Biden in Ukraine: While Mr. Obama heads abroad, tensions are running high in Ukraine. Vice President Joe Biden is there to show support for the Kiev government, saying the U.S. would help it in the face of “humiliating threats” from Russia. That comes, as Russia’s Foreign Minister Sergey Lavrov accused Ukraine of violating the terms of the fragile peace deal, raising fears that Russia could go further. “Steps are being taken, above all by those who seized power in Kiev, not only that do not fulfill, but that crudely violate the Geneva agreement,” Lavrov said. Biden also warned Ukraine needs to fight corruption, noting the problem of Ukraine being tied to Russia economically for oil and raising the stakes for the May 25 election, saying it “may be the most important election in Ukrainian history.”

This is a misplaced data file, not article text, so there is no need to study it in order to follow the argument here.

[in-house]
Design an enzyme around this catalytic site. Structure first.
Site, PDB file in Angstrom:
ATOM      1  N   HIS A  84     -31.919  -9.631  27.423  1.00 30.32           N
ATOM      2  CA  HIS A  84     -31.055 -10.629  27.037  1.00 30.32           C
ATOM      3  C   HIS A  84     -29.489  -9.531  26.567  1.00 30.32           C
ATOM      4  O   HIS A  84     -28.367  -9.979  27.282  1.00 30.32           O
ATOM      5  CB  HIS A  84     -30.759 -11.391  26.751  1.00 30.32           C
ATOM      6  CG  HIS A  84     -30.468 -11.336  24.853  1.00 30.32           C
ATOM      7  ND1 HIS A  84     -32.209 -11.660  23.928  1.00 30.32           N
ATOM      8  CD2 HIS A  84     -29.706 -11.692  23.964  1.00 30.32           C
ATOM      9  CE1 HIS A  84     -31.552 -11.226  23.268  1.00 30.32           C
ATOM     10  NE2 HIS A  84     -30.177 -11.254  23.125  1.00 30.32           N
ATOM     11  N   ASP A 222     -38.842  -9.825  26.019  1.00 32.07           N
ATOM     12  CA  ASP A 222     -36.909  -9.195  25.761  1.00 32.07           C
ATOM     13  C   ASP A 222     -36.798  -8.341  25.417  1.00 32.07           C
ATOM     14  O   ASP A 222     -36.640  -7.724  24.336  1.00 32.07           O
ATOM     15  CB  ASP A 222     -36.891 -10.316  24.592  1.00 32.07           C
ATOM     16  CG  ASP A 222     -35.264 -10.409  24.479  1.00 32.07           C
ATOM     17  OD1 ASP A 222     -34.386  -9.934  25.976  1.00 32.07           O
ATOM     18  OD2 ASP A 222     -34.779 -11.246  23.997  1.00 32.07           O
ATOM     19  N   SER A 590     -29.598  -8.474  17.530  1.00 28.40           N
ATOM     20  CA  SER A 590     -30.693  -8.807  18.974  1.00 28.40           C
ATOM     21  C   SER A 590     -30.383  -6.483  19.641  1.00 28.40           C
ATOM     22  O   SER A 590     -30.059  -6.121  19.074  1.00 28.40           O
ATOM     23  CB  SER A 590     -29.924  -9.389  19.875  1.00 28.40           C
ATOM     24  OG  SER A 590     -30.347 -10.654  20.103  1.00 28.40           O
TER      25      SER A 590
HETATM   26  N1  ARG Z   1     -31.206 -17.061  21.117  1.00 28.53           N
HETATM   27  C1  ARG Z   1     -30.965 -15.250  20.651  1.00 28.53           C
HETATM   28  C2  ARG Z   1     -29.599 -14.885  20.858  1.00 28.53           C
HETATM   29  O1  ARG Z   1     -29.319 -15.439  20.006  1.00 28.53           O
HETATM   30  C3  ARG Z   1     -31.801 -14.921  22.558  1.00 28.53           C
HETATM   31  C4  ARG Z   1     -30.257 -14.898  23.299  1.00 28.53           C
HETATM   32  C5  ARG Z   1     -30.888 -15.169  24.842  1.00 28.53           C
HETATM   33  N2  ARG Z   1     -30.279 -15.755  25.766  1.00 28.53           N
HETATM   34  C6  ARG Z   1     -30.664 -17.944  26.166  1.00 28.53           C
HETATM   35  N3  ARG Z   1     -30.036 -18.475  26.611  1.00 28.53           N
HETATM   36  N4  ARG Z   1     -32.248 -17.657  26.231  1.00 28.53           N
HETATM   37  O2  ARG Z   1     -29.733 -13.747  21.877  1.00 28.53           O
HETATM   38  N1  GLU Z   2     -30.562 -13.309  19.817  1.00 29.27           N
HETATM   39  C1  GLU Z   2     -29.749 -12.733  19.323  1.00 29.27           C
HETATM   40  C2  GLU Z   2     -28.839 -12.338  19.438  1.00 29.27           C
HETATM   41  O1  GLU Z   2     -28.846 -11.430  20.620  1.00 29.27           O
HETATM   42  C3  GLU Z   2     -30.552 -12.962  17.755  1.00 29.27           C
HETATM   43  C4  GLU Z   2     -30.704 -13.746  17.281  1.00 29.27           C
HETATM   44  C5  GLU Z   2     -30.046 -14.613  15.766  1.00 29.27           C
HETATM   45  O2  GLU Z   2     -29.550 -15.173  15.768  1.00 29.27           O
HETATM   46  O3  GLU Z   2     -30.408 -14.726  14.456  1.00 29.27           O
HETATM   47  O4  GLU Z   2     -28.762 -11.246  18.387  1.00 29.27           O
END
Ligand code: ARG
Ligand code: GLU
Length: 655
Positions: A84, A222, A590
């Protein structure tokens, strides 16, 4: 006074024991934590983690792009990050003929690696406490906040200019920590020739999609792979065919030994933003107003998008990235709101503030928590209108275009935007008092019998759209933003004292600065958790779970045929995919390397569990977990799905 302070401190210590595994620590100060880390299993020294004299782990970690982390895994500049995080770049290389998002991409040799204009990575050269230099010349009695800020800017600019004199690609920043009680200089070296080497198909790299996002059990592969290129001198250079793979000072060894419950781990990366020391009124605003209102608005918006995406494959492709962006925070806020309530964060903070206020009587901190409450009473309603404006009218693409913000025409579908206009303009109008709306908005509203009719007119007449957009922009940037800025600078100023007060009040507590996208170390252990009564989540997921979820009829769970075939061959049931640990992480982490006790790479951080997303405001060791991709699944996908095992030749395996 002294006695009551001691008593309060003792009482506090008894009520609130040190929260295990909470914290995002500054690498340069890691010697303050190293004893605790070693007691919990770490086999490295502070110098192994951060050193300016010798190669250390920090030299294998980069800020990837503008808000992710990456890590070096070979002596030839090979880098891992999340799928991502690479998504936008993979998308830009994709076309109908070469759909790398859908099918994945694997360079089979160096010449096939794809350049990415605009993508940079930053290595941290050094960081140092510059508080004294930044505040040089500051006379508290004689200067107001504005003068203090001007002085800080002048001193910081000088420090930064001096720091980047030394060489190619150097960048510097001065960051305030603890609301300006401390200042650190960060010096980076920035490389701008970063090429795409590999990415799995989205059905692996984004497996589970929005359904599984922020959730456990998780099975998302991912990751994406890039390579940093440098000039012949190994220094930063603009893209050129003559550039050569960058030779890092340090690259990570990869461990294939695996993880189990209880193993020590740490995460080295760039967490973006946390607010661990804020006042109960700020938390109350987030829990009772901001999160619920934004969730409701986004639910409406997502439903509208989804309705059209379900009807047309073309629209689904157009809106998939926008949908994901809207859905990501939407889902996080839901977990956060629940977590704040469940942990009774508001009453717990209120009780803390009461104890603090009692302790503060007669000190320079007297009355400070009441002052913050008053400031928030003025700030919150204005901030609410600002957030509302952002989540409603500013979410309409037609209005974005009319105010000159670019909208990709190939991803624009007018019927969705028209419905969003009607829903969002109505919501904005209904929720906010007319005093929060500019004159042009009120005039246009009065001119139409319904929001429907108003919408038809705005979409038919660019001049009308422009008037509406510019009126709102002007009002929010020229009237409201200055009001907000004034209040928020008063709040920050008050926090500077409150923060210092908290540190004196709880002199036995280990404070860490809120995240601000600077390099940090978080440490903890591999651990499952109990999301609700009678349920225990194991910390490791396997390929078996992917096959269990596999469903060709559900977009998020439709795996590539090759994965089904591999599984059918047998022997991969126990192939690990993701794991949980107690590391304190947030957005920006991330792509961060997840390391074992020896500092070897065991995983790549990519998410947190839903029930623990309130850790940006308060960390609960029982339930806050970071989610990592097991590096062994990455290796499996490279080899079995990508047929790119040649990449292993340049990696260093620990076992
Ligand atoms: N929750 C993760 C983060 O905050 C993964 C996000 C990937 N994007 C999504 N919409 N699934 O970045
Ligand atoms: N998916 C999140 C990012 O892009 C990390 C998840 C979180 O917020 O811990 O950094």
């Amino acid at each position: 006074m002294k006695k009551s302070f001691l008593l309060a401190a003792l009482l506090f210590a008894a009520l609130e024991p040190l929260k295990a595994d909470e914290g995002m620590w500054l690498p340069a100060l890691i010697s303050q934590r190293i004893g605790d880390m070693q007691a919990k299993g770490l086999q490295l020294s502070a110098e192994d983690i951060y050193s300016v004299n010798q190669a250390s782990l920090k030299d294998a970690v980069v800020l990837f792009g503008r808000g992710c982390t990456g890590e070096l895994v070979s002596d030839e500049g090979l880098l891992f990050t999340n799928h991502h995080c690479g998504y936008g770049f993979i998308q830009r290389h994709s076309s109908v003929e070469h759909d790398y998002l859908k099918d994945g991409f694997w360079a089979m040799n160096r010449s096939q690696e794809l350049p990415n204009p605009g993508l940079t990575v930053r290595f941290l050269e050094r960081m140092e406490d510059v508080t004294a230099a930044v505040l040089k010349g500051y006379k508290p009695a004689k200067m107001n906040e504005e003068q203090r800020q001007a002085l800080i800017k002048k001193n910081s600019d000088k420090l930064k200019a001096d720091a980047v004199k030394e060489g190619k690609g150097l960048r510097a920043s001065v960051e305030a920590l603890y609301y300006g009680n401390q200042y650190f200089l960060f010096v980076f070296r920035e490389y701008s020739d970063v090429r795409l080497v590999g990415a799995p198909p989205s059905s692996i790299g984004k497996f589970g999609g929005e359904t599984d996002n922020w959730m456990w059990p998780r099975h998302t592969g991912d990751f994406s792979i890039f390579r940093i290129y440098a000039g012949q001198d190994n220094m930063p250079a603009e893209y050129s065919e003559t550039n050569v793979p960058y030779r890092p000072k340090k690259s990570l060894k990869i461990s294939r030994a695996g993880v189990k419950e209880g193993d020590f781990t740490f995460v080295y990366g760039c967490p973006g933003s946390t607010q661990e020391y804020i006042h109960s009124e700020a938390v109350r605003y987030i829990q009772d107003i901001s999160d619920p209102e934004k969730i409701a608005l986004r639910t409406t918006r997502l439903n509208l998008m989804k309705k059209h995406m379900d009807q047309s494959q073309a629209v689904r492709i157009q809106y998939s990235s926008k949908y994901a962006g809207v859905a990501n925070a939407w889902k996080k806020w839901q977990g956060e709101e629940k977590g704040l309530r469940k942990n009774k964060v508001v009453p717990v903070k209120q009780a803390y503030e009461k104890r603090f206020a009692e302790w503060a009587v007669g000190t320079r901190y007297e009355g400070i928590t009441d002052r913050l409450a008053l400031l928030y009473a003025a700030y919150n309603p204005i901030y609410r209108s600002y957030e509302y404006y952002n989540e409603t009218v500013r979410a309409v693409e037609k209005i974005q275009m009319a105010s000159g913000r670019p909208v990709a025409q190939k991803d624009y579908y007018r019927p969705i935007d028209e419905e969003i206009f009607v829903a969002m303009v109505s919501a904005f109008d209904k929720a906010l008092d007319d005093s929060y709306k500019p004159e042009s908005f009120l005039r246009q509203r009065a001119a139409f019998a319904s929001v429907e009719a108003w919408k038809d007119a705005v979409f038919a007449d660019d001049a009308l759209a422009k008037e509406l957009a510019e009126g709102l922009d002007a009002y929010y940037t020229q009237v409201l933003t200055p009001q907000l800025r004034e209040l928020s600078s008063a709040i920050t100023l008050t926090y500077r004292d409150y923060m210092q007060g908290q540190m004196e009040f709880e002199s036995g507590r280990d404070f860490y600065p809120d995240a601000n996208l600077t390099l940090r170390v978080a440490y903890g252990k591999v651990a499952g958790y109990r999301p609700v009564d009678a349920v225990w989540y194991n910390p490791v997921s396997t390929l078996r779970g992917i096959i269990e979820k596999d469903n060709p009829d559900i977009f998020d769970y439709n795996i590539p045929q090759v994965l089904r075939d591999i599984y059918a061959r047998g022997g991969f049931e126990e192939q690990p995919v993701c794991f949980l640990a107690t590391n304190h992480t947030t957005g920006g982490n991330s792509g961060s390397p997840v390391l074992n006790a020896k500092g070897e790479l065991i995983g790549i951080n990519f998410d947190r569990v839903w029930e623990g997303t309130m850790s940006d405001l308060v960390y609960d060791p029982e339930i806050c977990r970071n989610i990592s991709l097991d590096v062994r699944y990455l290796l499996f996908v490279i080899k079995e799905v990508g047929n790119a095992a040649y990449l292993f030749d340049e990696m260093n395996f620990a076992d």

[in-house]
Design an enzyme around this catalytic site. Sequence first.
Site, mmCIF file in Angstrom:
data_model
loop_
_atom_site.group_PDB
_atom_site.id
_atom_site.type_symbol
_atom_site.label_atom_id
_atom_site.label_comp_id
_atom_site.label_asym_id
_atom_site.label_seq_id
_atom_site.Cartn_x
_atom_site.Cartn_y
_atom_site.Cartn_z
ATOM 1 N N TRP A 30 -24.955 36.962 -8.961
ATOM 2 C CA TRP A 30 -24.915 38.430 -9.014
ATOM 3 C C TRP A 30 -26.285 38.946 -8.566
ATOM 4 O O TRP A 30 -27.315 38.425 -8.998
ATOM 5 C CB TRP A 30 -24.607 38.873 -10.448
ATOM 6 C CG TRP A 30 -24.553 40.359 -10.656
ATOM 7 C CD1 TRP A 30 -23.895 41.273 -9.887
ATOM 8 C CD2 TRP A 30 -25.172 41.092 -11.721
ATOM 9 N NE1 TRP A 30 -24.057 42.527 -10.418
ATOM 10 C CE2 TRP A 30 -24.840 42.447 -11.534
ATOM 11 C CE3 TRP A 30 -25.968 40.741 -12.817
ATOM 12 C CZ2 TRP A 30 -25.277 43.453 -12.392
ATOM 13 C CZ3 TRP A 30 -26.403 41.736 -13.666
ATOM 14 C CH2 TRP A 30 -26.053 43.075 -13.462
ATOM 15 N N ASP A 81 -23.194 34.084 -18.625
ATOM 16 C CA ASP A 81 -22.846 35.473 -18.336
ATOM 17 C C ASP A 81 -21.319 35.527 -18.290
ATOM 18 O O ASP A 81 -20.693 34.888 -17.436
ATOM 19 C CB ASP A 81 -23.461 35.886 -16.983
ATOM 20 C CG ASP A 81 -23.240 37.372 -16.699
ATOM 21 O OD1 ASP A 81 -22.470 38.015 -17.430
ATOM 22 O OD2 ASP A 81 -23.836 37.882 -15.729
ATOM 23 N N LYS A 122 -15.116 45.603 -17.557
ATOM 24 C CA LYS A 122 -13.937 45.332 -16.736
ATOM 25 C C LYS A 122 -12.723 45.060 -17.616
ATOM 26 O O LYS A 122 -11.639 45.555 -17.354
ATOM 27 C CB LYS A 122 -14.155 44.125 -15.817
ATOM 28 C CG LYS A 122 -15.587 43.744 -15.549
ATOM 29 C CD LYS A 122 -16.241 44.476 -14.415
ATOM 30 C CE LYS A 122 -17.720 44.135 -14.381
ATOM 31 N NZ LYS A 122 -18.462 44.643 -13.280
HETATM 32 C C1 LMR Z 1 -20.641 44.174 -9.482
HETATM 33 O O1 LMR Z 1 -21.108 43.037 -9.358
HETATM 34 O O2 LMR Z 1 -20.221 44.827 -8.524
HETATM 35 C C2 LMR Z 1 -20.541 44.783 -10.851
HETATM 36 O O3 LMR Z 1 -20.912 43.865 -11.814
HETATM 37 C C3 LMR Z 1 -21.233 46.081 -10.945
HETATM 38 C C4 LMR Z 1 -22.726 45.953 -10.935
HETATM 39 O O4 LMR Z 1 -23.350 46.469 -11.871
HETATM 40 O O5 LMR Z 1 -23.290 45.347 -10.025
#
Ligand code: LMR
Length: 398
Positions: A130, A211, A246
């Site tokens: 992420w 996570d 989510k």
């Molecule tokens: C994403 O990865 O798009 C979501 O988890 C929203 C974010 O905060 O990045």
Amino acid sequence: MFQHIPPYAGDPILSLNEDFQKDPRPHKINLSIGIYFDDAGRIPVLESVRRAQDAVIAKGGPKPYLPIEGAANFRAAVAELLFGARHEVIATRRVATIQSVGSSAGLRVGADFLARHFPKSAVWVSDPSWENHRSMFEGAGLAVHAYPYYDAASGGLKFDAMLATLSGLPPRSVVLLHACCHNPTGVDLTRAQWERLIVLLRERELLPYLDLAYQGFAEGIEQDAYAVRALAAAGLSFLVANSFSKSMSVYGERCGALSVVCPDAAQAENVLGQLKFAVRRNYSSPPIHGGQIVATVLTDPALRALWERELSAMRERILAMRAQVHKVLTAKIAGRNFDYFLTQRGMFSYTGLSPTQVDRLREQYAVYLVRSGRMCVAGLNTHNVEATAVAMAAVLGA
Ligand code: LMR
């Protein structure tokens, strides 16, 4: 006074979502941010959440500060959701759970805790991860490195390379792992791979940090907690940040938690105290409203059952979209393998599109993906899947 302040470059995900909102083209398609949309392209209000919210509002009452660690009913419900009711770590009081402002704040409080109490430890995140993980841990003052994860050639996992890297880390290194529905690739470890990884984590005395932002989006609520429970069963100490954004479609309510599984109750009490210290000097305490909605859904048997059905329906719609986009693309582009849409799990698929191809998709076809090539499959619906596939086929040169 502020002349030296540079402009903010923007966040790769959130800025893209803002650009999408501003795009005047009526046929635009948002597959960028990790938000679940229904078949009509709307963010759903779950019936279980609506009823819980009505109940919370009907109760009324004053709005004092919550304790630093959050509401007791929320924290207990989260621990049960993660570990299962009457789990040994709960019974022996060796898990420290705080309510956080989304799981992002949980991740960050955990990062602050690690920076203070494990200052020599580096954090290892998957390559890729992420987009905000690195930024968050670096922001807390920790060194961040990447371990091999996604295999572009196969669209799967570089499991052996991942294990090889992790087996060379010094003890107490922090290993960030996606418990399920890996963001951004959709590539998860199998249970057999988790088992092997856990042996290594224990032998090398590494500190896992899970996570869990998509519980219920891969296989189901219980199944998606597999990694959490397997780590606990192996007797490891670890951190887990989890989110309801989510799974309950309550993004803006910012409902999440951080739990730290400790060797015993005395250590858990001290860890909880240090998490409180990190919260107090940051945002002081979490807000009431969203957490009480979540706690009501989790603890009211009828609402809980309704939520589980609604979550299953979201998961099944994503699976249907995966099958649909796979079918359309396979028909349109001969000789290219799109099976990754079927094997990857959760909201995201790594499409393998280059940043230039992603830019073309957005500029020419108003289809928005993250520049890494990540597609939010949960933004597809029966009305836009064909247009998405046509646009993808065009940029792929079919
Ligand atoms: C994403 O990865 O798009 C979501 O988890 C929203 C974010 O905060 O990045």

McConnell looks strong for primary home stretch: For all that’s been made of Senate Republican leader Mitch McConnell’s primary challenge in Kentucky, he’s hitting the home stretch with under a month to go before the primary, in what appears to be pretty good shape. A poll out last month had him up nearly 40 points over conservative challenger Matt Bevin. McConnell outraised Bevin by a lot last quarter ($6.4 million to $514,000) and had a lot more cash on hand ($10.4 million to $455,000). Bevin lost his top spokeswoman, which is never a good sign. And McConnell’s up with an ad for the final month of the primary. There’s a reason he’s smiling. McConnell still appears to be in a tough race for the fall, with polls showing him essentially tied with Democratic Secretary of State Alison Lundergan Grimes. But Democrats hoping McConnell would be hobbled by a tough primary look like they will be disappointed.